Outdoor Fire Pit Landscaping Ideas
An outdoor fire pit can be a relaxing addition to a landscape.
Something is appealing about sitting in your back yard on a chilly fall evening and roasting marshmallows beside the fire pit. Although you may use it most often after dark, when it's difficult to see much about the landscaping, the fire pit can serve as a focal point in your landscape design. Choose living elements carefully to ensure floating embers from the fire pit don't have places nearby to start fires.
Kill all the grass and other plants in a 7-foot radius around the fire pit. Unlike outdoor fireplaces, fire pits don't have much protection from wind, and their embers tend to float away on breezes. Either spray the area with an all-purpose chemical herbicide such as glyphosate or pour boiling water over the area. Wait 24 hours, and reapply the herbicide or boiling water if the grass and plants aren't withering and turning brown.
Dig out the soil around the fire pit to a depth of about 2 to 4 inches, removing all the dead plants and grass. Clear an area at least 7 feet outward from the fire pit on all sides. If you used boiling water as your herbicide, place the soil and dead vegetation in a compost pile; break up clumps with a steel rake, and turn the new compost material in with the old compost material. If you used an all-purpose chemical herbicide, put the soil and dead vegetation in plastic bags; that soil and dead vegetation should not be introduced into your compost pile in part because the chemical herbicide can damage plants and change the soil's pH when the compost is used. Never use in vegetable gardens compost that includes matter treated with a chemical herbicide; that will help to ensure you don't consume any of the herbicide.
Cut landscape fabric or plastic with a utility knife, and use it to line the area you dug out. Attach it around the area's edges by hammering landscape staples through the fabric or plastic every 6 inches.
Cover the landscape fabric or plastic with a non-flammable material of your choice, such as river rocks, gravel, brick or stone pavers. If you use stone pavers, spread silica sand on top of them, and use a broom to push the sand into the cracks between the pavers to help hold the pavers securely in place.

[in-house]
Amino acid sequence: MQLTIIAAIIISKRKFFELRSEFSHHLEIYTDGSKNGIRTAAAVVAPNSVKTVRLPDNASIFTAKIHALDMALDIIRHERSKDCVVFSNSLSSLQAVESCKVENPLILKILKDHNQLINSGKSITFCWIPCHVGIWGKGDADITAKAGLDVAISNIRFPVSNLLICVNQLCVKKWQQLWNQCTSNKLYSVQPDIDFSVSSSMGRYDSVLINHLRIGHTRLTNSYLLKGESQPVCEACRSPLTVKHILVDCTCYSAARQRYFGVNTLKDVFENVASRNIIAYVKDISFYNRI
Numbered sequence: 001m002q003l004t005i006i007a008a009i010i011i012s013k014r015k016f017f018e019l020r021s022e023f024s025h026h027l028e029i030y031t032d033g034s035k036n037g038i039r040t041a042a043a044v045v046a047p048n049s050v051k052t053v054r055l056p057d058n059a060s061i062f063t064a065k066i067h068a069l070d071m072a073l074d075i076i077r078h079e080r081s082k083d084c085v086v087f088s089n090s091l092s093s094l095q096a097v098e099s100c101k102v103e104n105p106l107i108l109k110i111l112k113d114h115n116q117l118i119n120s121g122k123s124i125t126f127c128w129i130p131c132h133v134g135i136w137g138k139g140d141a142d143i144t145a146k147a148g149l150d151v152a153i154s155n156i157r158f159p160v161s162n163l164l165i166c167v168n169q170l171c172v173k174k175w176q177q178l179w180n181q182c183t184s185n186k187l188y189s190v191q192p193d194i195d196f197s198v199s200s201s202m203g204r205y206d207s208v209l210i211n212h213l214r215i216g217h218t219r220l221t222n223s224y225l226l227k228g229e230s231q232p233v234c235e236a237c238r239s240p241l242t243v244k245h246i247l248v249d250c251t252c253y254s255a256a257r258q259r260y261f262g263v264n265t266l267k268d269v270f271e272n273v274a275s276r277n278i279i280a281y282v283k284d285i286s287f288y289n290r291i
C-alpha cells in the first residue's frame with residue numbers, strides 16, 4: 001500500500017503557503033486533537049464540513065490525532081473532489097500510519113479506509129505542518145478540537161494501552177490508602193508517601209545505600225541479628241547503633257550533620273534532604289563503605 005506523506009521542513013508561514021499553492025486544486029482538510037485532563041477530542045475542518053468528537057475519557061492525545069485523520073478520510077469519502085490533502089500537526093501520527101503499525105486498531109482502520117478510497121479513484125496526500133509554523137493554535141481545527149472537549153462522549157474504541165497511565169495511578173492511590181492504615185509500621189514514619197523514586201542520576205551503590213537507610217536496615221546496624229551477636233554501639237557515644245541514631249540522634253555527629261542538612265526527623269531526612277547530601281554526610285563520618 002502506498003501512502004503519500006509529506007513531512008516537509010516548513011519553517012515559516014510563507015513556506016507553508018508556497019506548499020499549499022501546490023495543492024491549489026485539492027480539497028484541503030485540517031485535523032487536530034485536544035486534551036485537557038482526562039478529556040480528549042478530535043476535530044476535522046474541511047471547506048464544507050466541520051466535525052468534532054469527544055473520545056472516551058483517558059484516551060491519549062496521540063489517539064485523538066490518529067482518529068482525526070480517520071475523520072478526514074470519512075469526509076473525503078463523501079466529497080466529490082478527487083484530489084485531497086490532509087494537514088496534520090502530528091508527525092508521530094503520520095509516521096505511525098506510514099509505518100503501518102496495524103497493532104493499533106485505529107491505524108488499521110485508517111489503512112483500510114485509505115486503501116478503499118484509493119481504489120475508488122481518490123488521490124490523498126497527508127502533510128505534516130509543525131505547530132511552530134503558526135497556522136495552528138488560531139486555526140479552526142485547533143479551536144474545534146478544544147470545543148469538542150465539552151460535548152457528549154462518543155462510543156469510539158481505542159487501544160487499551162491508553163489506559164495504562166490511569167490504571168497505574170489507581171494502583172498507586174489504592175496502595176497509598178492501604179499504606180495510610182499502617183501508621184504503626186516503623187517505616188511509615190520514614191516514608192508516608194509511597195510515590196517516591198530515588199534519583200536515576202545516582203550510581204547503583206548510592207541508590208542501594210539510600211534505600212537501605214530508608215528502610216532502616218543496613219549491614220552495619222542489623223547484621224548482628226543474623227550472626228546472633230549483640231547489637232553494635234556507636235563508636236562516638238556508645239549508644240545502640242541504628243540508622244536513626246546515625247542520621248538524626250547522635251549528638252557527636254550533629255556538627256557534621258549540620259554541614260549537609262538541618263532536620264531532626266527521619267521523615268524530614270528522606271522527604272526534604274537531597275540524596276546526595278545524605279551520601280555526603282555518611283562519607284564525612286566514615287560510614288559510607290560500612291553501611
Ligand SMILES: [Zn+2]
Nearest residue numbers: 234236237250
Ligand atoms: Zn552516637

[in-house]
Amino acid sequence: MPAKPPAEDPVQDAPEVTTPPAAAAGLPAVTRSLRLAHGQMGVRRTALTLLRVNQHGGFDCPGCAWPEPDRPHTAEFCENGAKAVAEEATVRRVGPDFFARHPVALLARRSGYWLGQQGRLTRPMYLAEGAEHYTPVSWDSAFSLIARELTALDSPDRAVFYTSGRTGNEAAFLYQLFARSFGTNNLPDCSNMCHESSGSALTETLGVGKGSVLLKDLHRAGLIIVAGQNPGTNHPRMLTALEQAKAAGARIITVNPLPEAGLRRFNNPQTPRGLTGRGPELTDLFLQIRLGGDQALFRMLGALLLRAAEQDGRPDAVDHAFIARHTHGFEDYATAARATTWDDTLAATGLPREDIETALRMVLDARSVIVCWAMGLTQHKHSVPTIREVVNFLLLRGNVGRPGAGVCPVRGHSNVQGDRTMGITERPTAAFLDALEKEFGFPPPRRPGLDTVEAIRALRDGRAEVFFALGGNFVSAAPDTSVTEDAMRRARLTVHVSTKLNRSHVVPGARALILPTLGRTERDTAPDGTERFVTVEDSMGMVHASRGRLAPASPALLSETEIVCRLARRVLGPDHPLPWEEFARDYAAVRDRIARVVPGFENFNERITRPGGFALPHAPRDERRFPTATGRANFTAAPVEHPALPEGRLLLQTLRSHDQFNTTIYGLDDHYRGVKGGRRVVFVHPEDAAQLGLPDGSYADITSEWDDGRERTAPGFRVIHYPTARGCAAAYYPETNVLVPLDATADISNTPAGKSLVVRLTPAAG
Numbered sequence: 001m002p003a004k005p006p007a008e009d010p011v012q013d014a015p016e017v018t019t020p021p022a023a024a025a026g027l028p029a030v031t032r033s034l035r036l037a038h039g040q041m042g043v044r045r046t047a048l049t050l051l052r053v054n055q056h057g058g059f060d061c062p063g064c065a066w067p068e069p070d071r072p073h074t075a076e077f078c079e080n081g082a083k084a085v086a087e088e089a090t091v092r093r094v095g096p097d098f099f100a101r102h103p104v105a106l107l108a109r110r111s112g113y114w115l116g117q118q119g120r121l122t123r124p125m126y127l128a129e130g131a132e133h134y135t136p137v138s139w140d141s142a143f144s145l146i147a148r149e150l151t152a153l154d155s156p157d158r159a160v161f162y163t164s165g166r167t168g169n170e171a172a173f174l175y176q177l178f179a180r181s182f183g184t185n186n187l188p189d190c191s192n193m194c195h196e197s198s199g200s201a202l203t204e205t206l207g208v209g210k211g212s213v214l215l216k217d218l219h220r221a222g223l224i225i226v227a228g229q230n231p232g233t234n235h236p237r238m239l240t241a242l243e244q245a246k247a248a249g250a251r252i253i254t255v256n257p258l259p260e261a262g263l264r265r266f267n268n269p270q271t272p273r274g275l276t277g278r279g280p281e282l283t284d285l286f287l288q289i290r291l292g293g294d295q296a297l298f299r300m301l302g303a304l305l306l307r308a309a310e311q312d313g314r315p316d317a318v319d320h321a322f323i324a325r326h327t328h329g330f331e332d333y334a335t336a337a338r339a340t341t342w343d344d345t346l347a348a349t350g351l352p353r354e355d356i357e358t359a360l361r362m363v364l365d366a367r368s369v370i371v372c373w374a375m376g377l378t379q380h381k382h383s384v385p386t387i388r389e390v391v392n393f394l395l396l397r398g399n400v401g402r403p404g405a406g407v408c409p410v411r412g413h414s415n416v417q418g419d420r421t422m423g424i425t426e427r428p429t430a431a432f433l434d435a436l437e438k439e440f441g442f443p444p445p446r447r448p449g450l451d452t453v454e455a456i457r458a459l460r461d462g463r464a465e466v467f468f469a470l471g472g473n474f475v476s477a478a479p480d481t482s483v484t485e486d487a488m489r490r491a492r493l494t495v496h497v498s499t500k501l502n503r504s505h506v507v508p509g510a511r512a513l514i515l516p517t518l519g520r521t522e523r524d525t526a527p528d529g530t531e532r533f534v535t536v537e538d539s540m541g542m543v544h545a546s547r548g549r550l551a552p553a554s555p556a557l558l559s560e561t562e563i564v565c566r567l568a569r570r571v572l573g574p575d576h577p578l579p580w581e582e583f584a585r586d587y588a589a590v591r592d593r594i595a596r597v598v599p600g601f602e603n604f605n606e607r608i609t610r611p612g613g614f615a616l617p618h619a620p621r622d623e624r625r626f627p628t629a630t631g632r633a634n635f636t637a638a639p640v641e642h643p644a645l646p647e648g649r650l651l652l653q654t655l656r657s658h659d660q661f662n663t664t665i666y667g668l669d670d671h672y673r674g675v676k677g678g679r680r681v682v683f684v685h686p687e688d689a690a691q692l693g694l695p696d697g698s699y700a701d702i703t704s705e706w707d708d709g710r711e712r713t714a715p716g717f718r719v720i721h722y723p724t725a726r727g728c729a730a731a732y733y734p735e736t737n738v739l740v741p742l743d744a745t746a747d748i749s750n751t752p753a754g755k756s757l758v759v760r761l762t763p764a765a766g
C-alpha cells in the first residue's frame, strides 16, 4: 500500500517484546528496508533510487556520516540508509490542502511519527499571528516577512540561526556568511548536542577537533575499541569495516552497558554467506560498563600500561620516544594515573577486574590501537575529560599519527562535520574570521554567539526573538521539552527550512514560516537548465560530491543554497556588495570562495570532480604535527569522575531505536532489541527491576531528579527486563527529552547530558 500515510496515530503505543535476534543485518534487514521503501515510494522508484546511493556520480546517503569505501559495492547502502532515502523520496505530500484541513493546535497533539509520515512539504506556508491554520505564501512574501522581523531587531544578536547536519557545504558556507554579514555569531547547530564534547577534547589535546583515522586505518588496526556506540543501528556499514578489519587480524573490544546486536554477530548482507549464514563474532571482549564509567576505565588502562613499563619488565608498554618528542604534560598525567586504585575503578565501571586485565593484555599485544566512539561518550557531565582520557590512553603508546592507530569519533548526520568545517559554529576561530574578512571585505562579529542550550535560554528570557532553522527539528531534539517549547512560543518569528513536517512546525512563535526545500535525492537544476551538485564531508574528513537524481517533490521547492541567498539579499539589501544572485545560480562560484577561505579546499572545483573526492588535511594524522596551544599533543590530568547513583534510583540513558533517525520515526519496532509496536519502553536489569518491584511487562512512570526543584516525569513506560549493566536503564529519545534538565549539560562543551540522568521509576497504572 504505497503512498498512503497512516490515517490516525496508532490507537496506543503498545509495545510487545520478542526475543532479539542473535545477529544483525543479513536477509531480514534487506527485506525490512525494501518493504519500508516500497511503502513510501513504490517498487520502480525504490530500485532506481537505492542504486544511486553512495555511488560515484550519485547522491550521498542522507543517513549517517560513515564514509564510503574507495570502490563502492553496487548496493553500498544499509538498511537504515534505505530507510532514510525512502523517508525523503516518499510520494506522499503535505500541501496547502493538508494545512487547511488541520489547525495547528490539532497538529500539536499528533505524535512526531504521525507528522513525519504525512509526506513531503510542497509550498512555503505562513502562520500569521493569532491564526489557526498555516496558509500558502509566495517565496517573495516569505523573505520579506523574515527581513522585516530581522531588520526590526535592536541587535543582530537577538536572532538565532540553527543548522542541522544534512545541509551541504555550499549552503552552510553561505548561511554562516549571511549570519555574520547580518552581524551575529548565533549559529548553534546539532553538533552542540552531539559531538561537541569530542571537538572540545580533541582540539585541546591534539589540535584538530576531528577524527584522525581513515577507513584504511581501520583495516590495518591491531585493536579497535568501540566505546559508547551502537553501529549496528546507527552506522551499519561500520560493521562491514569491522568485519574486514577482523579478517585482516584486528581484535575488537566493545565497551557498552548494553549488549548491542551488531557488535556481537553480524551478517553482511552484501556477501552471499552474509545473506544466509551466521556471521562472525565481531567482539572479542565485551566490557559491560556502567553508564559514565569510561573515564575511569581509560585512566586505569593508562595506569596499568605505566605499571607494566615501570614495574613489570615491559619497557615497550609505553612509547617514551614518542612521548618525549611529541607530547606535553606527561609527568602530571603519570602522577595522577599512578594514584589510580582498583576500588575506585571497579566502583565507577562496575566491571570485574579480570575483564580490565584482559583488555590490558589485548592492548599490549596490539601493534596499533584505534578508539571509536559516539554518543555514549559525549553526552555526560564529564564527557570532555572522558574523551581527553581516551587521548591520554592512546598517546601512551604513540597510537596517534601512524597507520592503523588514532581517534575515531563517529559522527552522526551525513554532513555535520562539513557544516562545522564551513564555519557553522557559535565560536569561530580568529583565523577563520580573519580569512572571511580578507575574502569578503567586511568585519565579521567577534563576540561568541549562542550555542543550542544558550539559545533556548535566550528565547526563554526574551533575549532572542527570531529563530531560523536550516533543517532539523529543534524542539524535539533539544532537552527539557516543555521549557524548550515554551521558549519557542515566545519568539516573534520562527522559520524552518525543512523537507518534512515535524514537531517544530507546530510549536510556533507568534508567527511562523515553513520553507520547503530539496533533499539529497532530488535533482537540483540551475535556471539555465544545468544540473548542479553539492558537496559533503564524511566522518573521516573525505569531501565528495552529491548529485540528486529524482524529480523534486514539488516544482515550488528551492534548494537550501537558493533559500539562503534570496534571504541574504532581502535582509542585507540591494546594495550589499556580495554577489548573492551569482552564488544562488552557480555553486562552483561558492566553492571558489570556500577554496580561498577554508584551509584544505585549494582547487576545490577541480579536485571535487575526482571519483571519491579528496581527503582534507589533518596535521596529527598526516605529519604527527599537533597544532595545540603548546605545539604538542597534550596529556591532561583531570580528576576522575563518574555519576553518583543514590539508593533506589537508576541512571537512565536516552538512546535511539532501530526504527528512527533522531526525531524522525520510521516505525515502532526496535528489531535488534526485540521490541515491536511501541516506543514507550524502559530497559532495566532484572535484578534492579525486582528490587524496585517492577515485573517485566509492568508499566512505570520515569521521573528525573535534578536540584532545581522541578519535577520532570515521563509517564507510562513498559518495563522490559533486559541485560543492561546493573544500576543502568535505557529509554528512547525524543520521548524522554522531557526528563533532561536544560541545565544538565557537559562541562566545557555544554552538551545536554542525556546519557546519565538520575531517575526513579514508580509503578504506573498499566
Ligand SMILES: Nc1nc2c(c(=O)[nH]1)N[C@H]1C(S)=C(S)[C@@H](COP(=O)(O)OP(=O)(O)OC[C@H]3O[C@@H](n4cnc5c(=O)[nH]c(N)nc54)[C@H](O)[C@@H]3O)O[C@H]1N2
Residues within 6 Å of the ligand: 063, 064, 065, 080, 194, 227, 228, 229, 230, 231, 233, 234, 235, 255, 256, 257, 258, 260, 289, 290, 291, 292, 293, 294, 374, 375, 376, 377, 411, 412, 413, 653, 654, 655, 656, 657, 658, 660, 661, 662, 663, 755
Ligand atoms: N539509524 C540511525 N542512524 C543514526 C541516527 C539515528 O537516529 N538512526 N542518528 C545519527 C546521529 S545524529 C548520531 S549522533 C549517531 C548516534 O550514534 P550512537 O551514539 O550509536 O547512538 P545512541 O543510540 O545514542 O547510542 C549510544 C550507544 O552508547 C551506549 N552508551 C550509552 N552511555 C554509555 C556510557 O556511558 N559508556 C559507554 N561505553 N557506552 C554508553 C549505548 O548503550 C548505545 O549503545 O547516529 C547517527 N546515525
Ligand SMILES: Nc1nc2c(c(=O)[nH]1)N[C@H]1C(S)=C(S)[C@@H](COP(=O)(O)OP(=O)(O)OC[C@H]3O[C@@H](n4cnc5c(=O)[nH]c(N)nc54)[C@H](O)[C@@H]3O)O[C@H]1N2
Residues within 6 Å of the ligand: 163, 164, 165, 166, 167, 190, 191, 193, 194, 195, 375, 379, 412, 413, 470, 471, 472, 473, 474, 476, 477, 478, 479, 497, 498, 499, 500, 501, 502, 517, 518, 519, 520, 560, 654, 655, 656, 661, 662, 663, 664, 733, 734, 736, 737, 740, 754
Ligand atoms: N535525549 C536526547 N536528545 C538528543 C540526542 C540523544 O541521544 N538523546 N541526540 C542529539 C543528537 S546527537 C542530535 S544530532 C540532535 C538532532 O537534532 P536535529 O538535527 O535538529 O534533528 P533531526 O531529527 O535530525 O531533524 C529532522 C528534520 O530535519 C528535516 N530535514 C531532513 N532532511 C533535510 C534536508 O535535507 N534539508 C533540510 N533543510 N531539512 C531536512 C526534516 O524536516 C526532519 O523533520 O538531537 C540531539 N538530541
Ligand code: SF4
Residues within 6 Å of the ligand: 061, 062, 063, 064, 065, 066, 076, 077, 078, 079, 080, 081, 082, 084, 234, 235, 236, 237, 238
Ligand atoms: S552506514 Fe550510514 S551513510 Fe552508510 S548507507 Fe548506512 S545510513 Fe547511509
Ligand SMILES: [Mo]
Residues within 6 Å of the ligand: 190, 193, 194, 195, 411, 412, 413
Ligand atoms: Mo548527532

Add seating around your fire pit. Large stones double as seating and a way to bring another natural element to your landscaping. Wooden benches or Adirondack chairs make a comfortable and attractive option, but keep them at least 3 feet from the fire pit.
Place terracotta, metal or ceramic planters around the edges of the fire pit's cleared area. Fill the planters with blooming annual plants, which don't tend to be as flammable as perennial shrubs and grasses. Change the flowers each season to keep the area looking fresh and interesting.
Things You Will Need
- All-purpose chemical herbicide (optional)
- Measuring tape
- Steel rake (optional)
- Plastic bags (optional)
- Landscape fabric or plastic
- Utility knife
- Landscape staples
- River rocks, gravel, brick or stone pavers
- Silica sand (optional)
- Large stones, wooden benches or chairs
- Terracotta, metal or ceramic planters
- Annual plants
- Potting soil
- Define a walkway to your fire pit using the same ground cover that surrounds the fire pit, such as river rocks, gravel, brick or stone pavers. Line the walkway with decorative grasses or blooming annual plants.
- Before starting a fire in the fire pit, sweep the area around it to remove dead twigs and/or fallen leaves that could easily catch fire if touched by floating embers.
- Keep a bucket of water, garden hose attached to a faucet or fire extinguisher near the fire pit to put out the fire quickly if the weather becomes windy. Use the fire pit only when no or little breeze is present; doing so will help to keep embers from flying.
- Place your fire pit away from large trees. No overhanging branches should be within 10 feet of a fire pit, even branches that are 20 feet or more above the ground. Wind can carry embers high enough to light trees' low and upper branches.